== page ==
by Simon Crunden, Managing Director
Measuring cross-media reach and frequency properly is difficult. The systems that do it, tend to do so in a simplistic way (adding a deduped % of reach to your largest media reach for each additional media you use), and as media planners we have to take it with a pinch of salt on a local market basis, let alone globally.
So it is exciting to hear that the World Federation of Advertisers (WFA) has today unveiled (with ISBA involved) an “advertiser-centric Framework for cross-media measurement – the “holy grail” for marketers – accompanied by a proposed solution”.
Great news. Perhaps we will, at last, be able to plan strategically for audiences seeing advertising an effective number of times, regardless of where they see it. Hooray! A massive leap forward for effectiveness.
But something in the ISBA release is worrying me. They say “The Proposal was developed in partnership with digital platforms, including Facebook and Google”. OK… that makes sense, these are the platforms with the largest global reach so they should be involved.
The problem I have is that these platforms have spent the last decade trying to change our understanding of reach and frequency – and trying to convince us that all impressions are created equal. If cross-media reach is measured by the impressions served on each platform, then the work those platforms have done to focus on a 3 second view rather than an audible and completed ad will massively (and I do mean massively) over emphasise the importance of Facebook and YouTube on a media plan.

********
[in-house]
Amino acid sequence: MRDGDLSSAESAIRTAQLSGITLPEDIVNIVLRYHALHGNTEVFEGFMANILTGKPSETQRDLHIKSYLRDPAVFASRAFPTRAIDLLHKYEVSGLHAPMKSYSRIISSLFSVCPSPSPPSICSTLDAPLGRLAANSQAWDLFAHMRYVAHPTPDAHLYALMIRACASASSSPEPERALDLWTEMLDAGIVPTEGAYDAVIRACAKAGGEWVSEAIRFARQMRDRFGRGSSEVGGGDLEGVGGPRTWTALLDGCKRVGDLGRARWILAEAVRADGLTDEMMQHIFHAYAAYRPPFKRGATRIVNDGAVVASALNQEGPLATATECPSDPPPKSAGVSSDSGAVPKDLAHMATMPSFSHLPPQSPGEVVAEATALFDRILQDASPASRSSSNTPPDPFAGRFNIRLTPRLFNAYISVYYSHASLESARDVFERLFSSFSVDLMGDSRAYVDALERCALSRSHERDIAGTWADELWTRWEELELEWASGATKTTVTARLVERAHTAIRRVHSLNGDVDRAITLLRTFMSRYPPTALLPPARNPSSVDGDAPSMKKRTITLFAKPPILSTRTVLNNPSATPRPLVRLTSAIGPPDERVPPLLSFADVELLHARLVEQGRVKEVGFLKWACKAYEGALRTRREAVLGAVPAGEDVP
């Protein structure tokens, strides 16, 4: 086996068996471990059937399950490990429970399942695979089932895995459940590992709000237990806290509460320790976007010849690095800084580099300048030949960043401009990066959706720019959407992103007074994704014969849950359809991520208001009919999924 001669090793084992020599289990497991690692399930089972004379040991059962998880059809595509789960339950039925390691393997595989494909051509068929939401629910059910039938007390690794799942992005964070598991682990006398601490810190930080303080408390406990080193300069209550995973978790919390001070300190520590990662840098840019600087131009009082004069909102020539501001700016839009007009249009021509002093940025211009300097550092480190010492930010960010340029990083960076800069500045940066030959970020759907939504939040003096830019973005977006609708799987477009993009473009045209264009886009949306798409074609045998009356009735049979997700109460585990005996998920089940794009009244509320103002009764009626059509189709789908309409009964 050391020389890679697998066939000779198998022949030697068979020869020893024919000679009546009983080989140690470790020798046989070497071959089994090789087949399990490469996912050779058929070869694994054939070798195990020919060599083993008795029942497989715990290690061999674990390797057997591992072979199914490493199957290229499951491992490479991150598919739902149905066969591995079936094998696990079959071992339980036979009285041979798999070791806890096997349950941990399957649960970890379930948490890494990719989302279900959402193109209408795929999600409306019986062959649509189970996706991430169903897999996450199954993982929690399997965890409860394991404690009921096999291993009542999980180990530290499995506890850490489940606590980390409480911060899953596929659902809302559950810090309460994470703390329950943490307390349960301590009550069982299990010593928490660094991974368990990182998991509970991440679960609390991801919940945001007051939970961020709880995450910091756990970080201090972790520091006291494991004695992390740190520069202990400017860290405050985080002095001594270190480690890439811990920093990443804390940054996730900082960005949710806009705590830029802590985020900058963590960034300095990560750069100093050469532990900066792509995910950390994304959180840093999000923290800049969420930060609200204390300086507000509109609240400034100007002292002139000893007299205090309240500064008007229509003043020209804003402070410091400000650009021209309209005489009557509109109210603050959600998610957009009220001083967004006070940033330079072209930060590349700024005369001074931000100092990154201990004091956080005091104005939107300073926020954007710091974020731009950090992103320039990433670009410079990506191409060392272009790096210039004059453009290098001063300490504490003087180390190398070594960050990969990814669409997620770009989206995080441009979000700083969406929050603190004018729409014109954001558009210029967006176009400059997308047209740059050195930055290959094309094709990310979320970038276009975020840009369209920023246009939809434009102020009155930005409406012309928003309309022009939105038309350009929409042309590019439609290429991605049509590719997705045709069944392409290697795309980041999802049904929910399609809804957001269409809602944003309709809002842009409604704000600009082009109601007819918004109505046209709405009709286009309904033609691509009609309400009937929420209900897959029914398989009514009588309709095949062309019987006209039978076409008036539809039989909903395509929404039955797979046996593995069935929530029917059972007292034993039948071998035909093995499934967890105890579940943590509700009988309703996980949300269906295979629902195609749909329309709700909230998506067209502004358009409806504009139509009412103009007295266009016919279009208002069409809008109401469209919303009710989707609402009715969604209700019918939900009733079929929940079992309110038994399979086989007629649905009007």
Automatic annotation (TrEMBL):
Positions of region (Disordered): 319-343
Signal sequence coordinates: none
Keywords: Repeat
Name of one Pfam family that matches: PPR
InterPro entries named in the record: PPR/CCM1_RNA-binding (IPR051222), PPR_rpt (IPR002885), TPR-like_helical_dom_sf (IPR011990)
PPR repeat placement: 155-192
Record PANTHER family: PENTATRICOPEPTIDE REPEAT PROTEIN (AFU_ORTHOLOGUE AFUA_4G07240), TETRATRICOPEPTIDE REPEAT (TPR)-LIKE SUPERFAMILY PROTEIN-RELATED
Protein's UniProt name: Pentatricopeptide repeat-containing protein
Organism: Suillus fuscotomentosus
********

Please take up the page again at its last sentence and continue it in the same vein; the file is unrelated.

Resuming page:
Ebiquity highlight this in their 2018 work with Mediatel that shows how few ads on YouTube and Facebook have actual value for brands.
And while the above chart is powerful, you get the feeling the insidious power of Facebook and Google may have encouraged Ebiquity to soften their initial criticism of the world’s biggest media owners. Check out the same chart presented some weeks earlier at a conference – Ebiquity were much stronger in accusing digital media owners of deception in presenting 17,000 audible and completed video ads as 5.3million impressions.
It is hard to see how it could be in Google or Facebook’s financial interest to be measured on the effectiveness and engagement with advertising on their platforms. Conversely, it’s easy to see why they might want to be measured on reach – especially when compared with other media.
Hopefully I’m seeing a half-full glass as half-empty for no reason. Hopefully the many clever and committed advertisers and agencies involved will ensure this measurement system is fit for purpose. Hopefully the staggering power of the global duopoly will not be strengthened further by their involvement in a cross-media measurement system that becomes the global standard.